Issue No. 03 - March (2002 vol. 28)
DOI Bookmark: http://doi.ieeecomputersociety.org/10.1109/32.991320
<p>Distributed systems inherently involve dynamic changes to the value of security-relevant attributes such as the goodness of encryption keys, trustworthiness of participants, and synchronization between principals. Since concurrent knowledge is usually infeasible or impractical, it is often necessary for the participants of distributed protocols to determine and act on beliefs that may not be supported by the current state of the system. Policies for determining beliefs in such situations can range from extremely conservative, such as only believing statements if they are very recent, to extremely optimistic, such as believing all statements that are not yet known to be revoked. Such security policies often are heavily dependent on timing of received messages and on synchronization between principals. We present a logic for analyzing cryptographic protocols that has the capability to specify time and synchronization details. This capability considerably advances the scope of known techniques both for expressing practical authentication policies of protocol participants as constraints and for reasoning about protocol goals subject to these constraints. In the course of reasoning about protocol goals, one is able to exhibit sufficient conditions regarding trust between protocol participants, synchronization between protocol participants, and timeliness of message contents. Our logic is flexible and can support a wide range of security policies including the recent-secure authentication policy for enforcing revocation in distributed systems. The ability to reason about the conjunction of individual participant policies and protocols will be especially important as public and private key infrastructures are deployed and new and unanticipated policies are put into use.</p>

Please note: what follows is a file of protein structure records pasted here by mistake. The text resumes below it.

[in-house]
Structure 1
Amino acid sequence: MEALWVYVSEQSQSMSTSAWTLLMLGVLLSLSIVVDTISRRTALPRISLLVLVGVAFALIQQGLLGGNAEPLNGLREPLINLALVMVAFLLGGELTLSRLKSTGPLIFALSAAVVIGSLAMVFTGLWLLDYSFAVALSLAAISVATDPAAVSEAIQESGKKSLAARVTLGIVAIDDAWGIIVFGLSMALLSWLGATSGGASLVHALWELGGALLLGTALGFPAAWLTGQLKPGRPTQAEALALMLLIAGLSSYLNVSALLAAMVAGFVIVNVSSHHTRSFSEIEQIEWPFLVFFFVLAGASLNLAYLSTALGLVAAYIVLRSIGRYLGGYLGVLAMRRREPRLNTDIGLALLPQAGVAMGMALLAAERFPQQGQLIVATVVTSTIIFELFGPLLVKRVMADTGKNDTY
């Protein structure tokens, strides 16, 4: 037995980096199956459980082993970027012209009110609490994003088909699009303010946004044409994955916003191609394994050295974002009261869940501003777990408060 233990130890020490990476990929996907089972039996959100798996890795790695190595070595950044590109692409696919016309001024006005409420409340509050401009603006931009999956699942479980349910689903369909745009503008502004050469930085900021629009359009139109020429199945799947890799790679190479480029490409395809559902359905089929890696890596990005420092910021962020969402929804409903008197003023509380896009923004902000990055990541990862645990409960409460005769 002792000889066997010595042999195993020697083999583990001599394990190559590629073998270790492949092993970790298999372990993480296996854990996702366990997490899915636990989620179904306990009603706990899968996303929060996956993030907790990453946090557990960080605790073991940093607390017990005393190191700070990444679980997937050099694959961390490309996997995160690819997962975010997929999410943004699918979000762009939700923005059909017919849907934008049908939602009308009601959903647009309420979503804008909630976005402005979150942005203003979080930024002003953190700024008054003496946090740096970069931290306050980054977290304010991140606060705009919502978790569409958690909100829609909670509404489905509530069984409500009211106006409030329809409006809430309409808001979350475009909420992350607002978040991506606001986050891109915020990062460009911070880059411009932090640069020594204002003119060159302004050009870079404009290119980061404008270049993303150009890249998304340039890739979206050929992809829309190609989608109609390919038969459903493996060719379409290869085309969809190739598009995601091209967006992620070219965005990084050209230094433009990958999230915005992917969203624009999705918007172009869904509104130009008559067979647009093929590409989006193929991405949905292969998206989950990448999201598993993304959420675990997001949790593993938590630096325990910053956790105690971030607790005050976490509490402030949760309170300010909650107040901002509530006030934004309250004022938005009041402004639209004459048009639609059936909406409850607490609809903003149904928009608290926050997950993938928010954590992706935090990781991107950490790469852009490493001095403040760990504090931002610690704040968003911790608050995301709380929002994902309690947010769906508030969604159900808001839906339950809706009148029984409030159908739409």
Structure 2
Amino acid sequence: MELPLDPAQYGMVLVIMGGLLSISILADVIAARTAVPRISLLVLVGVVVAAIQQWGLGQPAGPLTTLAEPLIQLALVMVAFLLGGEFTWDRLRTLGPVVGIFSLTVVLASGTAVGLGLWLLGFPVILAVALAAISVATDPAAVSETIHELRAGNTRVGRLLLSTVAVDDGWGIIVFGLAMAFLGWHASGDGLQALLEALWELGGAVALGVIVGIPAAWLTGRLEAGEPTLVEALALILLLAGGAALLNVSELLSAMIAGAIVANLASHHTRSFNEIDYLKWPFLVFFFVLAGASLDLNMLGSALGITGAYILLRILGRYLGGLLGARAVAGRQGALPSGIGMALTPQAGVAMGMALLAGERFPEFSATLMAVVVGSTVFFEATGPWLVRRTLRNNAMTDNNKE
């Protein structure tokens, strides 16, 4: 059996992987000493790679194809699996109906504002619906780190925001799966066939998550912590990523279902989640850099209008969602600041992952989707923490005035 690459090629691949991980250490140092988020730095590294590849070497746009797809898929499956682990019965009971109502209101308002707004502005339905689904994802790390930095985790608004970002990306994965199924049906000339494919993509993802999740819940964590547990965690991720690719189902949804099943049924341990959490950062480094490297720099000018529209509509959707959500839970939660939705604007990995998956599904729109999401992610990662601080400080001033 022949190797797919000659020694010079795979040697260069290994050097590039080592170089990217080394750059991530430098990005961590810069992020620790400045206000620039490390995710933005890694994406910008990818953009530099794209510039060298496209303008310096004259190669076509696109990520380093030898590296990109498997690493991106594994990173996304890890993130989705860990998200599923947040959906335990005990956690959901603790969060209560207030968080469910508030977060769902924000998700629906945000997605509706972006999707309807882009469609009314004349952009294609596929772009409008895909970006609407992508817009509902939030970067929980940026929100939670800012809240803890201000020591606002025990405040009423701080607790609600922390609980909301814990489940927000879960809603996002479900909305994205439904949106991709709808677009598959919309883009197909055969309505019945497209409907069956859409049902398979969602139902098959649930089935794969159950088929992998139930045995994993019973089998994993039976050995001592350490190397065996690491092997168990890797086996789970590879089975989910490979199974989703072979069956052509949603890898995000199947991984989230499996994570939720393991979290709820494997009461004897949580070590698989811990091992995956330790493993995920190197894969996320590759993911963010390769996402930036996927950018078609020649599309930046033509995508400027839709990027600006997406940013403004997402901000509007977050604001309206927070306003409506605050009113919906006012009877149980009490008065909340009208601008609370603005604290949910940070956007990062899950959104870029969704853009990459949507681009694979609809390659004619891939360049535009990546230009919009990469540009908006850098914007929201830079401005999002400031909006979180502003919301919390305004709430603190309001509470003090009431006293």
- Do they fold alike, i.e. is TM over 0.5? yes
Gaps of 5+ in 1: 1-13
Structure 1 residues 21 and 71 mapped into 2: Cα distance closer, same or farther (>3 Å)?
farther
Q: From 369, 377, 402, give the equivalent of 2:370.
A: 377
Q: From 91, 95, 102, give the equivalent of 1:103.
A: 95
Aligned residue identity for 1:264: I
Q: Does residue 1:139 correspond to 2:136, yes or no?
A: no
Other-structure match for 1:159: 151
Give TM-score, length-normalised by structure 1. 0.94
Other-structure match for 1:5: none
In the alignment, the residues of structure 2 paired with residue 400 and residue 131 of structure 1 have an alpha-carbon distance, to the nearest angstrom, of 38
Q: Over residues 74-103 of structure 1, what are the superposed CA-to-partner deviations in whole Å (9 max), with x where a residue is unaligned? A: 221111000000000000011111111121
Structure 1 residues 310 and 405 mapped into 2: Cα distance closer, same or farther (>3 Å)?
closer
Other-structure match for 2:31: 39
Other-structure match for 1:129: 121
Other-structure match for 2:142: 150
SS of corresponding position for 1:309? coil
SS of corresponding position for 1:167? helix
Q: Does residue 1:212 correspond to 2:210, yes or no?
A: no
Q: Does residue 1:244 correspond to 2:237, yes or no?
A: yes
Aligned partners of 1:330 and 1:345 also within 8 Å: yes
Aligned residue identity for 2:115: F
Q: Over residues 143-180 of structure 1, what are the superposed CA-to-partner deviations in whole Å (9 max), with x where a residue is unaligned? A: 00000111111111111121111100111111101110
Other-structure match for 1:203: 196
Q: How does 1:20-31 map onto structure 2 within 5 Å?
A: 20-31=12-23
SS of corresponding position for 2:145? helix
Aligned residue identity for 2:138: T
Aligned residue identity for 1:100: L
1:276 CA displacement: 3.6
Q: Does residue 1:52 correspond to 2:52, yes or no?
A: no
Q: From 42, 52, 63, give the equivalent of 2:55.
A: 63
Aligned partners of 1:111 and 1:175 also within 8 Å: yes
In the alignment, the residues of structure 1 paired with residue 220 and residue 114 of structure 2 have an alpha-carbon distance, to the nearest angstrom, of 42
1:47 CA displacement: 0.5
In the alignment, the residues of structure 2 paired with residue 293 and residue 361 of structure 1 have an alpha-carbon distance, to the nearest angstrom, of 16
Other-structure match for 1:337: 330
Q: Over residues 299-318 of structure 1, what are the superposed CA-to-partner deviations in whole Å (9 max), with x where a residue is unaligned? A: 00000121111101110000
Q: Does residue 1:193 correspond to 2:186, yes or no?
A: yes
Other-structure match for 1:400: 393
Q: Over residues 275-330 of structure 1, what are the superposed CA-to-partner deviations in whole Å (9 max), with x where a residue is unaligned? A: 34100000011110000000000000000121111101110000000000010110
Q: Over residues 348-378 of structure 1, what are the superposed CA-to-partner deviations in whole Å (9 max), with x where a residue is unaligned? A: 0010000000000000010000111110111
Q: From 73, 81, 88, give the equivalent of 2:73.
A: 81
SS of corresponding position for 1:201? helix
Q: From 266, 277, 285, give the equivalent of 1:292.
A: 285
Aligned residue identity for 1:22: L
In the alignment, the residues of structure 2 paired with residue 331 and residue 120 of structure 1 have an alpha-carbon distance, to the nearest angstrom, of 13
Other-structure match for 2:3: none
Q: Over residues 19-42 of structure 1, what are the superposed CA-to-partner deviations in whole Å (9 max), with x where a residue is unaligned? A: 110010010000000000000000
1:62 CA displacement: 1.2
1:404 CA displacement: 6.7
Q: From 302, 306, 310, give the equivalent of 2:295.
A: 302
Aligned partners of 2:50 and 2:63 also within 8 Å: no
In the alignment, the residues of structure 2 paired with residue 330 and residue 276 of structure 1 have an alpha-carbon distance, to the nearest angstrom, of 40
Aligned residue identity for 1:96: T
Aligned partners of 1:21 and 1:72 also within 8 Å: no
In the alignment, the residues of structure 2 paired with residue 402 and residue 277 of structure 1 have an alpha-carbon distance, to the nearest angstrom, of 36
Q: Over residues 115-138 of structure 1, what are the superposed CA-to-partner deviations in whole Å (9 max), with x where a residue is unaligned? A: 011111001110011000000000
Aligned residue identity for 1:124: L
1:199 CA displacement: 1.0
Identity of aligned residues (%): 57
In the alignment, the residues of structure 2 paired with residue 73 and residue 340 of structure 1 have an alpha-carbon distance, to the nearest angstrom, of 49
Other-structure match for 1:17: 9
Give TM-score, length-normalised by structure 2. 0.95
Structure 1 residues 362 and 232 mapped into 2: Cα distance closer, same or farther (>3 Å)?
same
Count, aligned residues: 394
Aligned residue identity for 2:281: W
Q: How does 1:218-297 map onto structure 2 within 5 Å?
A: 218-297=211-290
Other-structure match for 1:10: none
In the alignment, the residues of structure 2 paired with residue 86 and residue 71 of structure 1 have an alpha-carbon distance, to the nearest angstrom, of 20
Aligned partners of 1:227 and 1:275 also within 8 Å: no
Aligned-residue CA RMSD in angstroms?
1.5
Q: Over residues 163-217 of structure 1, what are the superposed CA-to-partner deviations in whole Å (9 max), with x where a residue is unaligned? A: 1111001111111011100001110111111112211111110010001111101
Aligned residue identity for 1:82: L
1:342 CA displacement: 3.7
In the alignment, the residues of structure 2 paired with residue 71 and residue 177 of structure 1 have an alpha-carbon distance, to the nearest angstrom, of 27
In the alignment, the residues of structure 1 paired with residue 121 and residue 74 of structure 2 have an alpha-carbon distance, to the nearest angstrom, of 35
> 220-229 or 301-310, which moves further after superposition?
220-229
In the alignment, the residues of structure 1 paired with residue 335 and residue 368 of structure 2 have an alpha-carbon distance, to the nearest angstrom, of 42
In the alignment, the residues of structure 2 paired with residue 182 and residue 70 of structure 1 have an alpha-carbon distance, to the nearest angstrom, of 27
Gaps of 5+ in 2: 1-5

formal methods, protocol analysis, authentication logic, recent-secure authentication, revocation, reasoning about time, security policies, security analysis, authentication, clock synchronization, distributed systems security, computer security
R. Wright and S. Stubblebine, "An Authentication Logic with Formal Semantics Supporting Synchronization, Revocation, and Recency," in IEEE Transactions on Software Engineering, vol. 28, no. , pp. 256-285, 2002.